Don't drink and drive doesn't just apply to land.
Just like driving drunk, boaters can face fines and penalties by law enforcement for operating a boat while intoxicated – including having their land-based driver's license suspended.
The weather is hot, and Texans are flocking to the waterways for a swim, an early fishing expedition, or to enjoy some time out on the boat. Brazos River Authority's water supply reservoirs are popular locations for watercraft and building memories and traditions.
So, it's important, especially with the crowds, to abide by laws meant for everyone's protection – including yours.
On the road, there are stop signs, yield signs, and speed limits. These don't exist on the water.
Yes, there are hazard buoys and no wake areas, but not to the amount that we see on land. Why is that important? It's important because alcohol affects judgment, vision, balance, and coordination and increases the likelihood of accidents. On the water, people are driving in every direction. Adding alcohol to the mix complicates the situation.
"Alcohol is even more hazardous on the water than on land. The marine environment's motion, vibration, engine noise, sun, wind, and spray accelerate a drinker's impairment. These stressors cause fatigue that makes a boat operator's coordination, judgment, and reaction time decline even faster when using alcohol," according to the U.S. Coast Guard's Boating Safety Division. "Alcohol can also be more dangerous to boaters because boat operators are often less experienced and less confident on the water than on the highway. Recreational boaters don't have the benefit of experiencing daily boat operation. In fact, boaters average only 110 hours on the water per year."
Not only can boating while intoxicated cause injury to both people and property, but it can also cost thousands of dollars in legal fees and fines, cause the drinker to spend time in jail and could end in injury or death.
A person operating a boat with an alcohol level of 0.08 or greater is considered legally intoxicated, just like someone driving a car. And just like driving drunk, boaters can face fines and penalties by law enforcement for operating a boat while intoxicated – including having their driver's license suspended.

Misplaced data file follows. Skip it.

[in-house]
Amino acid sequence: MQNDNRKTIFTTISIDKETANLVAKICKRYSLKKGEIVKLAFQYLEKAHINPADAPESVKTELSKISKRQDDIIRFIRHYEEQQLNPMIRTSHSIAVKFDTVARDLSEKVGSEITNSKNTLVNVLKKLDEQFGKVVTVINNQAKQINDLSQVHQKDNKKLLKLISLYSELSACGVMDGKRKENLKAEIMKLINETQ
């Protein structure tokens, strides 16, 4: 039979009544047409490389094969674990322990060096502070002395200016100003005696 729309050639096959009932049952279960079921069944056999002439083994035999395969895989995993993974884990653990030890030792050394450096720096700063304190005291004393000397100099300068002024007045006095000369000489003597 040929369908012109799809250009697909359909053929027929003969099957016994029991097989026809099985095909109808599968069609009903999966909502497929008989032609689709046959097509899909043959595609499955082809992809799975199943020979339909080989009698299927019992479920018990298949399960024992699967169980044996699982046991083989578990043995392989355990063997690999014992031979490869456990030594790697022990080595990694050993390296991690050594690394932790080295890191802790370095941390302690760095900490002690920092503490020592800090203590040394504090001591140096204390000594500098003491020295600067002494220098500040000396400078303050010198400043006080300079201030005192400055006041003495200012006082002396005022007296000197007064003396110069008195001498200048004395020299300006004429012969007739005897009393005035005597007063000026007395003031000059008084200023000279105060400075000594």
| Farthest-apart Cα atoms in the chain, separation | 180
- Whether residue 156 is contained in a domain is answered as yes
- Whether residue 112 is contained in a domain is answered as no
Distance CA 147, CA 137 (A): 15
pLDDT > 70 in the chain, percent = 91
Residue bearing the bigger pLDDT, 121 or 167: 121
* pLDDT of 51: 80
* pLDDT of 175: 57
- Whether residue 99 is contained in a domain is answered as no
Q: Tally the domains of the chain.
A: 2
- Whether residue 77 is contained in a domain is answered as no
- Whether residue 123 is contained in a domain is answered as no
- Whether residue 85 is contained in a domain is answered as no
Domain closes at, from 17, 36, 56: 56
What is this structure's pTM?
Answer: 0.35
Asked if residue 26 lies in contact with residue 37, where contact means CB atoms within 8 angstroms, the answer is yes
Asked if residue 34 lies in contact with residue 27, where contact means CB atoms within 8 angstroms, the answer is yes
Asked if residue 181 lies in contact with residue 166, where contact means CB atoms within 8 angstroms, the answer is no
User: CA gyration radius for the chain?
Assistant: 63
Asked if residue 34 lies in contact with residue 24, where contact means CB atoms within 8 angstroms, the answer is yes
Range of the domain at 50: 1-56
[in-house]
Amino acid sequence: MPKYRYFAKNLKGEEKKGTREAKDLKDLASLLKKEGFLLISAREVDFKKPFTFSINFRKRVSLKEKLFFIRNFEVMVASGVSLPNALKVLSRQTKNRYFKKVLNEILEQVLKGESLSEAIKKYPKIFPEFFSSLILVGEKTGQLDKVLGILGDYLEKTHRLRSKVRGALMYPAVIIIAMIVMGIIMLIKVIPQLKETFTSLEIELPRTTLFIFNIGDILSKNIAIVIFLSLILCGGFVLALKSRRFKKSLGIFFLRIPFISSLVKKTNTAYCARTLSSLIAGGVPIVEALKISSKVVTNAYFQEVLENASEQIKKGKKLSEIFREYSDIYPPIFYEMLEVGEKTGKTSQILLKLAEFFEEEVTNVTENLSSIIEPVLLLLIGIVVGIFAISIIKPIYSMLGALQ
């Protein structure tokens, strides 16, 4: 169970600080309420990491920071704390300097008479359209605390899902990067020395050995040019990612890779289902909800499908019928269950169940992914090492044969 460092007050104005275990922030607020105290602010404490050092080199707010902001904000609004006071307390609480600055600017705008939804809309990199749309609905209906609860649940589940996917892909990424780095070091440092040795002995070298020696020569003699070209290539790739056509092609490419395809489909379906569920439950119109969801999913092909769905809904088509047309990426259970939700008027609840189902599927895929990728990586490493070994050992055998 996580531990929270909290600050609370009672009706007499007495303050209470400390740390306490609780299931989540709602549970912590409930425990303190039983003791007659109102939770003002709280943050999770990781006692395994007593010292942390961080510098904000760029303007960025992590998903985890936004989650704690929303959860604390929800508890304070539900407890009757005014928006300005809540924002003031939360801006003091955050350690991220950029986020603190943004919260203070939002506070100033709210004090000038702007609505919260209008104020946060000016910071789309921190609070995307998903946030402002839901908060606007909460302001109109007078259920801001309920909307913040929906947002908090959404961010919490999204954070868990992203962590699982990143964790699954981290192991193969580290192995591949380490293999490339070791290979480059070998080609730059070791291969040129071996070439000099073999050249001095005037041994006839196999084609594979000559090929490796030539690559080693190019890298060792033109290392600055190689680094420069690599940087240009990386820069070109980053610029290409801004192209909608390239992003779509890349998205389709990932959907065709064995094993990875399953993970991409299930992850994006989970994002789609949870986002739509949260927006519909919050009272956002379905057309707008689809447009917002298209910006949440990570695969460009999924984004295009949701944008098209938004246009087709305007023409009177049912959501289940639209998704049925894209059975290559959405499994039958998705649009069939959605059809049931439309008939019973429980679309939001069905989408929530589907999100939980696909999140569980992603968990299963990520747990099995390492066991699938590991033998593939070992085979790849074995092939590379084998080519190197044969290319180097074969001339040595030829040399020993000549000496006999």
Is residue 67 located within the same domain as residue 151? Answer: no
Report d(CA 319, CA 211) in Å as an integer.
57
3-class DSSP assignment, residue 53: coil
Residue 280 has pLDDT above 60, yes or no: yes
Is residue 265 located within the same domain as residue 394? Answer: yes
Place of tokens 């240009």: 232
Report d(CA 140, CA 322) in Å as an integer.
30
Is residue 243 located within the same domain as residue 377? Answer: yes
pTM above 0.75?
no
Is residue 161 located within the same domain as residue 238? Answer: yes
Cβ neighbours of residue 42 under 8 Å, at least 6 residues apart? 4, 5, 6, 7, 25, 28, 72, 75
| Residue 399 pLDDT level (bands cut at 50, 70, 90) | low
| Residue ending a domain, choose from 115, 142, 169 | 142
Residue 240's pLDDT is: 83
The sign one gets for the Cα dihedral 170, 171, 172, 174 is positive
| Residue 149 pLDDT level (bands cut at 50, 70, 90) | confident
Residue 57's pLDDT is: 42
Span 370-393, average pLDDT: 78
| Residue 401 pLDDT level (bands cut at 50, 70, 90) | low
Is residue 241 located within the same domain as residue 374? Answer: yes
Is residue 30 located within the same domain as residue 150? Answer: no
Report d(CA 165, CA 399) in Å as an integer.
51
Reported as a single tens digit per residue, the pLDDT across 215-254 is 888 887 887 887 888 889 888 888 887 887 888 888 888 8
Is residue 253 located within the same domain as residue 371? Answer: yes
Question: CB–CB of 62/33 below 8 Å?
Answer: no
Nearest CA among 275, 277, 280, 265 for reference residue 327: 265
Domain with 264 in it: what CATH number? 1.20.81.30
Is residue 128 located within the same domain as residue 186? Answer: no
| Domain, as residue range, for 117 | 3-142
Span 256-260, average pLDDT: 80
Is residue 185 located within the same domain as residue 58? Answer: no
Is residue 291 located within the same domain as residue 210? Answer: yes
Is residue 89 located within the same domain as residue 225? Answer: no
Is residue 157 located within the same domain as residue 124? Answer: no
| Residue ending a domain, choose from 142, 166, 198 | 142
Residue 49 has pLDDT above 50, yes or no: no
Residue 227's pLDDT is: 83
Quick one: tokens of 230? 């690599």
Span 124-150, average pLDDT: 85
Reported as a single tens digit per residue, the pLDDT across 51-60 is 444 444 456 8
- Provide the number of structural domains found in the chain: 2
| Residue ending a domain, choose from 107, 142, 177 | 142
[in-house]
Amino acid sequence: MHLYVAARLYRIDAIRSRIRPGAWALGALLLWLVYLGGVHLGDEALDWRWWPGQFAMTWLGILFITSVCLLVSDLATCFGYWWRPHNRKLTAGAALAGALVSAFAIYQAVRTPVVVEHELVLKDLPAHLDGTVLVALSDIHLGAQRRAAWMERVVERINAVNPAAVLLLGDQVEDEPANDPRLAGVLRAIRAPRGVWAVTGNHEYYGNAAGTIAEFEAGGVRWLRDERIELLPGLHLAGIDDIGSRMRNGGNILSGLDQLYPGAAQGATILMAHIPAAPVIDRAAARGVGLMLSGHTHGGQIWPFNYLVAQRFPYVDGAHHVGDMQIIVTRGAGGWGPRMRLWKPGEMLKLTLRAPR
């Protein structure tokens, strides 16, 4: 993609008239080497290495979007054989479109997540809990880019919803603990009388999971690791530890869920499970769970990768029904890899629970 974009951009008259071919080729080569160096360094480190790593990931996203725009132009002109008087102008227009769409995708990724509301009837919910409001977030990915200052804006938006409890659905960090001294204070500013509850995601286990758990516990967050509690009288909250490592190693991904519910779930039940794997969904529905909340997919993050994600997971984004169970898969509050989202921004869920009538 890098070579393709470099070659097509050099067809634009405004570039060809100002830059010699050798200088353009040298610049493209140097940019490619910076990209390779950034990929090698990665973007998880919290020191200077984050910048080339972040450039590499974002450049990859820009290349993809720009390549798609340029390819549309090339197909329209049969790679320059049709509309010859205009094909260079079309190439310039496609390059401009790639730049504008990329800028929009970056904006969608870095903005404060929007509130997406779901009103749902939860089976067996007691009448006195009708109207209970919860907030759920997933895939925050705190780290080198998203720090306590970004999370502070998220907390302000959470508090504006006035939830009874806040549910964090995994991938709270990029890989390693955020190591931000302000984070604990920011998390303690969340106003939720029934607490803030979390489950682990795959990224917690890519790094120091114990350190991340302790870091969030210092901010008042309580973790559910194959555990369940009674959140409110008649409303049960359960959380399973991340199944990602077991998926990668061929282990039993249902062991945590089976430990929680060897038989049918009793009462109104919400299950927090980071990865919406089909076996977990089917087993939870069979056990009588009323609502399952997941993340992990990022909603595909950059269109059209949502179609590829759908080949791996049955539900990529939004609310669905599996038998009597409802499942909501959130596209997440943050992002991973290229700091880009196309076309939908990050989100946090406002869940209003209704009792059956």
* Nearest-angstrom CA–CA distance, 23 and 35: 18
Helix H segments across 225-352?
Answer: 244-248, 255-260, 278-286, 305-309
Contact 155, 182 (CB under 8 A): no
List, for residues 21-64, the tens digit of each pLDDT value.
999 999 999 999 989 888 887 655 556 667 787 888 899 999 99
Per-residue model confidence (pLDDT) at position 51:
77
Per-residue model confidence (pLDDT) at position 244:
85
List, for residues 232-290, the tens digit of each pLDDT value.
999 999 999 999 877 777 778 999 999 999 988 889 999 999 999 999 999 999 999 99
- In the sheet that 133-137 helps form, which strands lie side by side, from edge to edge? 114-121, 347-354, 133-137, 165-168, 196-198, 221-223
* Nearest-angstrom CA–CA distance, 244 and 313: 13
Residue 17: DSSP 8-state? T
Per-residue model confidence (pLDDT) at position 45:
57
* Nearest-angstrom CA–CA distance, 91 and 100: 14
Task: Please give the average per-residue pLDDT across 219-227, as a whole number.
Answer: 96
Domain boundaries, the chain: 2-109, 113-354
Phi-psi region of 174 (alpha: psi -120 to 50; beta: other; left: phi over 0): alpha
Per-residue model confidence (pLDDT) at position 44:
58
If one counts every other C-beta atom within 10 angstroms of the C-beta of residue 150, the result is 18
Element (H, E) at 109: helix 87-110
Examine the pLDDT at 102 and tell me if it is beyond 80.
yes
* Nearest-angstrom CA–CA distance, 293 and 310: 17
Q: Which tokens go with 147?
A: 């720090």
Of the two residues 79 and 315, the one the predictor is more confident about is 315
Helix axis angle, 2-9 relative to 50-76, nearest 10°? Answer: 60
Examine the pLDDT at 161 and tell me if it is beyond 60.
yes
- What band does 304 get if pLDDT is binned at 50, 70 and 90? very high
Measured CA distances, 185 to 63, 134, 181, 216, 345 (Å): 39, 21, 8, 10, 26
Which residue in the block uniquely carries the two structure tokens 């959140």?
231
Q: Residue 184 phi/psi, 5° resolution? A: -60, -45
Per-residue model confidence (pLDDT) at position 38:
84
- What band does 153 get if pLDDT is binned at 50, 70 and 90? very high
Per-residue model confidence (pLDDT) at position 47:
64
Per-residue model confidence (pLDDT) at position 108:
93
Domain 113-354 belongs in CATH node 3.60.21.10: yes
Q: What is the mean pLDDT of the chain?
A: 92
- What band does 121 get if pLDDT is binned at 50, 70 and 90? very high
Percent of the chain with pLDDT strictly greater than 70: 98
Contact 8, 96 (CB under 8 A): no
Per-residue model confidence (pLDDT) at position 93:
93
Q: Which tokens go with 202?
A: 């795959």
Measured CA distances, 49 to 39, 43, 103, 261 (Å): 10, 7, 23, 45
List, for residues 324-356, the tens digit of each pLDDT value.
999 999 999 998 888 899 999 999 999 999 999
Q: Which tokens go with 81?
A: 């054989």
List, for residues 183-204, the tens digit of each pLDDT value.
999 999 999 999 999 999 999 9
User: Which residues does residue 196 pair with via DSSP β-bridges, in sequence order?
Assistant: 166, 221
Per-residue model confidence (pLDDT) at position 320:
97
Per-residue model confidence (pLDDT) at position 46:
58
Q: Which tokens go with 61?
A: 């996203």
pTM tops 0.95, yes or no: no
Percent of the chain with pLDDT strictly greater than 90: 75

According to the Texas Boater Education Course, penalties for boating while intoxicated include:
- First conviction carries a fine of up to $2,000 and/or jail time of up to 180 days.
- Second conviction carries a fine of up to $4,000 and/or jail time of up to one year.
- Third conviction carries a fine of up to $10,000 and/or jail time of 2–10 years.
What about the passengers on a boat?
The situation for passengers on a boat is different than it is for those captaining a vessel. It's also different from the laws that apply to drinking alcohol while in an automobile. On land, Texas' open container laws make it illegal to have and to drink from an open container of alcohol while in an automobile. Boat passengers can enjoy an alcohol-based drink. But it's very important to remember not to reach the point of violating public intoxication laws. In addition, every passenger that's been drinking becomes a safety risk for the captain for things such as slips, falls overboard, and other dangerous accidents – especially since seat belts are not required on watercraft.
Alcohol use continues to be the leading known contributing factor in recreational boating deaths in the United States, according to the National Association of State Boating Law Administrators.
Among adolescents and adults, alcohol use is involved in up to 70% of deaths associated with water recreation, like boating or swimming, according to the Centers for Disease Control and Prevention.
"I know everyone likes to go out on the water because it's fun and you're having a good time," said Lake Granbury Sgt. John Riley. "But driving a boat drunk is kind of like driving a car drunk. The only difference is if you step out of a boat, you can die because you can drown."
And don't forget glass bottles are prohibited at BRA parks and within 200 feet of shoreline, Riley said.
Finally, please remember to stay hydrated.
It's hot out there, and hydration levels begin to drop as fluids escape your body through sweat. Adding alcohol to the mix increases dehydration. And all it takes is drinking alcohol within 24 hours of working in the heat to increase the risk of heat-related illnesses, according to the Centers for Disease Control and Prevention.